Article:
Forgot your password?
typodupeerror
Databases

PostgreSQL 9.3 Will Feature UPDATEable Views 68

Posted by Unknown Lamer
from the long-overdue-features dept.
Picking up work abandoned around Postgres 8.2, a patch recently hit the PostgreSQL 9.3 branch that adds SQL-92 automatically updatable views. For many common cases, you will no longer have to write hairy triggers to fake UPDATE support (e.g. if you have a view that hides a few internal columns). Limitations currently include only supporting views with at most one table in the FROM clause. This complements the under-advertised INSTEAD OF trigger support added in 9.1.
This discussion has been archived. No new comments can be posted.

PostgreSQL 9.3 Will Feature UPDATEable Views

Comments Filter:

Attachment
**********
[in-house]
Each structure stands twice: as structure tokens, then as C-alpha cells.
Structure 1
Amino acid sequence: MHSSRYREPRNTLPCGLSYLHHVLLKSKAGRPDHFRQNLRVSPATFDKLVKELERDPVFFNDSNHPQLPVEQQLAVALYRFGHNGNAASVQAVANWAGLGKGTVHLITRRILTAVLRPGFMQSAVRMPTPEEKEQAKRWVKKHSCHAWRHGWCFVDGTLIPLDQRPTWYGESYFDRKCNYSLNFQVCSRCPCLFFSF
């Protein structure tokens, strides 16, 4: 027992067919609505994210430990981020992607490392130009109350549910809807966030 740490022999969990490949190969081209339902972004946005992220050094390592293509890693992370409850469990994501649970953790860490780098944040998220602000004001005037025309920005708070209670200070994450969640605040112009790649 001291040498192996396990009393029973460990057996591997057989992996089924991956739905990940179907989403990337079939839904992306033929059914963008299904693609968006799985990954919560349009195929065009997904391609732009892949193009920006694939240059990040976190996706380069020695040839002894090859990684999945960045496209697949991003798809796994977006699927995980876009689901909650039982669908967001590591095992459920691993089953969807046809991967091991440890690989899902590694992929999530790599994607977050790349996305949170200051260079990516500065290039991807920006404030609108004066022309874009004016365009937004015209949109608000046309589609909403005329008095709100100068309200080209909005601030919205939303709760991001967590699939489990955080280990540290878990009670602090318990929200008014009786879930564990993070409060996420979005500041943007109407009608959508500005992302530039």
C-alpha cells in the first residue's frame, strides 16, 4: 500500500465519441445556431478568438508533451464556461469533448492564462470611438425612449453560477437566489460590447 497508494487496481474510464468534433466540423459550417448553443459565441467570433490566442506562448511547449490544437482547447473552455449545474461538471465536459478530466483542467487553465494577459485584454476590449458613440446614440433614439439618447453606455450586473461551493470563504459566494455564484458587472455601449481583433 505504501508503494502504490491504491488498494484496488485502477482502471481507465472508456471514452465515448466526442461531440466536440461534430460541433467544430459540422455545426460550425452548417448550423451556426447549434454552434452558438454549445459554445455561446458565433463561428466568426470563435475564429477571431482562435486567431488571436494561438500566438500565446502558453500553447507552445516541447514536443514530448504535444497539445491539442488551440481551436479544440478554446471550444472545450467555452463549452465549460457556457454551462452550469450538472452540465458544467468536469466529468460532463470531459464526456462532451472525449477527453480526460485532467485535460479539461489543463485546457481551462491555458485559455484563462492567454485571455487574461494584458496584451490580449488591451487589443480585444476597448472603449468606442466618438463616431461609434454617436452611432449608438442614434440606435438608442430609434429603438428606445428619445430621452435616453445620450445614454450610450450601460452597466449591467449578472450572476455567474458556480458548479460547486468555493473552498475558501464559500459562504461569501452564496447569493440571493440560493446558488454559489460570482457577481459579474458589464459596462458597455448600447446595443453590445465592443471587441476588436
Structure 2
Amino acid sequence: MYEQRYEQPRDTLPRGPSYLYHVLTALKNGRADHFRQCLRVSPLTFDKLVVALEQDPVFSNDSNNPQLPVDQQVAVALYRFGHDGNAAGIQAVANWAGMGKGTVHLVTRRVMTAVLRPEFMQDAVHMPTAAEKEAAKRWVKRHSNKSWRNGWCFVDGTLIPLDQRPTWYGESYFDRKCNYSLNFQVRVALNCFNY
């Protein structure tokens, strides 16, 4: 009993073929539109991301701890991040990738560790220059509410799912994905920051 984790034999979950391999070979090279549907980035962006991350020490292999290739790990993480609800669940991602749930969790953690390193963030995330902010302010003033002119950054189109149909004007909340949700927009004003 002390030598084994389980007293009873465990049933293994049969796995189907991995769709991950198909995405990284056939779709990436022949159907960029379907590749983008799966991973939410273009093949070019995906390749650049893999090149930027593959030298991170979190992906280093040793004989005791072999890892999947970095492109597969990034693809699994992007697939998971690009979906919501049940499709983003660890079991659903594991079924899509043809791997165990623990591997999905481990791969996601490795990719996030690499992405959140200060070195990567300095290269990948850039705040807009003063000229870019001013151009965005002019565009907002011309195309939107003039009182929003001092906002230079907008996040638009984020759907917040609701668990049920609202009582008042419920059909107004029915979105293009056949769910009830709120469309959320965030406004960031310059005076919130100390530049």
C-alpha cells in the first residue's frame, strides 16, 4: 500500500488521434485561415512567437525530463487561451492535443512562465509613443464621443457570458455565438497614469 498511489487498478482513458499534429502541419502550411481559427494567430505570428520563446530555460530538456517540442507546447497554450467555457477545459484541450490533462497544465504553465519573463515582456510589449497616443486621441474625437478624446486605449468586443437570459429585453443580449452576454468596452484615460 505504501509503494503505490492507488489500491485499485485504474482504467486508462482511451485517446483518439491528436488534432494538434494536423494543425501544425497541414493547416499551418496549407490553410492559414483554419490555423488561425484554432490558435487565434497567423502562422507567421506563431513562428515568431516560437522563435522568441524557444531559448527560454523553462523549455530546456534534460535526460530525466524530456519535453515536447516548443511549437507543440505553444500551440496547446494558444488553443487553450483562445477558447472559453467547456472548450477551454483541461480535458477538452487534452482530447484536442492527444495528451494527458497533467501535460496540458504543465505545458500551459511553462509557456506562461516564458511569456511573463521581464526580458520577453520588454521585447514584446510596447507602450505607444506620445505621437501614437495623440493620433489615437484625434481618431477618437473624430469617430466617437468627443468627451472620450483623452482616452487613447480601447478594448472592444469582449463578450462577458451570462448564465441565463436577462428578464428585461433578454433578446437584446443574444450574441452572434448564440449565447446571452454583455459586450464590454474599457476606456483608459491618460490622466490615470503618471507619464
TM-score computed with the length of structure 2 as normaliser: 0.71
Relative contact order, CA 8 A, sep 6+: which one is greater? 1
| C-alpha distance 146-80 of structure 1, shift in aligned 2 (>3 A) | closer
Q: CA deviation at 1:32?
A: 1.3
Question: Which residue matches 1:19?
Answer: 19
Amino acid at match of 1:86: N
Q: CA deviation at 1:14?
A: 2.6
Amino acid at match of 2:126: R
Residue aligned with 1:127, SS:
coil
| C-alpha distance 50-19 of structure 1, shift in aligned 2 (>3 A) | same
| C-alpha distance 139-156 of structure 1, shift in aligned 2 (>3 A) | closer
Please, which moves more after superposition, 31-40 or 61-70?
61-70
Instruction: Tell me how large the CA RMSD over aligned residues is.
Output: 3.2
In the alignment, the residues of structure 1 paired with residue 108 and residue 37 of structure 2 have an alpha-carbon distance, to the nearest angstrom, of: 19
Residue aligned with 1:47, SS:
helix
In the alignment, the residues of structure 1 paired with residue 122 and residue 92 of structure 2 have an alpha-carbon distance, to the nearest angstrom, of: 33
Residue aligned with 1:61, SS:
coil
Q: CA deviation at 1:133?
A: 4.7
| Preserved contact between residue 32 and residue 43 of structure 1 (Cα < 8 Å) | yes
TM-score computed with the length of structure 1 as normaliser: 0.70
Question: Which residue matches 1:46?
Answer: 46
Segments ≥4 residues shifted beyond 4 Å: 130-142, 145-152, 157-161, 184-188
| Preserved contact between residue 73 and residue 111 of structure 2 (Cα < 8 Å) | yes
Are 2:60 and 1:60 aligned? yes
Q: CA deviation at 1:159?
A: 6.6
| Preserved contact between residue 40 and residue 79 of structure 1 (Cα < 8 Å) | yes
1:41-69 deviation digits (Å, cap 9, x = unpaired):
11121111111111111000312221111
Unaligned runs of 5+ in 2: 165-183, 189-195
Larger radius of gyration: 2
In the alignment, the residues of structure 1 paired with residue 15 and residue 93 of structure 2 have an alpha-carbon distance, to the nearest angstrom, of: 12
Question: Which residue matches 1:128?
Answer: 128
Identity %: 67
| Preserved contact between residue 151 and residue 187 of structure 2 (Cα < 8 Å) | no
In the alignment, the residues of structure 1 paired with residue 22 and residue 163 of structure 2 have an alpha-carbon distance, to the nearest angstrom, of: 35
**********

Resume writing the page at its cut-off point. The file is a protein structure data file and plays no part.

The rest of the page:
• Good use-case? (Score:5, Interesting)

    by nobodyman (90587) * on Wednesday December 12, 2012 @01:16PM (#42262315) Homepage

    Back when I was working w/ Oracle (10 i think) I remember trying out update-able views, but I found that the rules and restrictions were such that it seemed like only trivial views could be updated and I decided I was easier to just work w/ the underlying tables and/or write sprocs whenever I need to do more far-reaching updates.

    That said, I never dug that deep into the subject. Do any slashdotters know of a situation where an update-able view would be handy/ideal?

    • Re:Good use-case? (Score:4, Informative)

      by magarity (164372) on Wednesday December 12, 2012 @01:19PM (#42262375)

      Do any slashdotters know of a situation where an update-able view would be handy/ideal?

      Teradata is usually set up so that every basic DML operation (insert, update, delete) is done via views.

    • Re:Good use-case? (Score:5, Informative)

      by Anonymous Coward on Wednesday December 12, 2012 @01:25PM (#42262465)

      it seemed like only trivial views could be updated

      Sadly true, the UPDATE has to be merged with the SELECT the view is built from to give an executable SQL. That's not always trivial to do.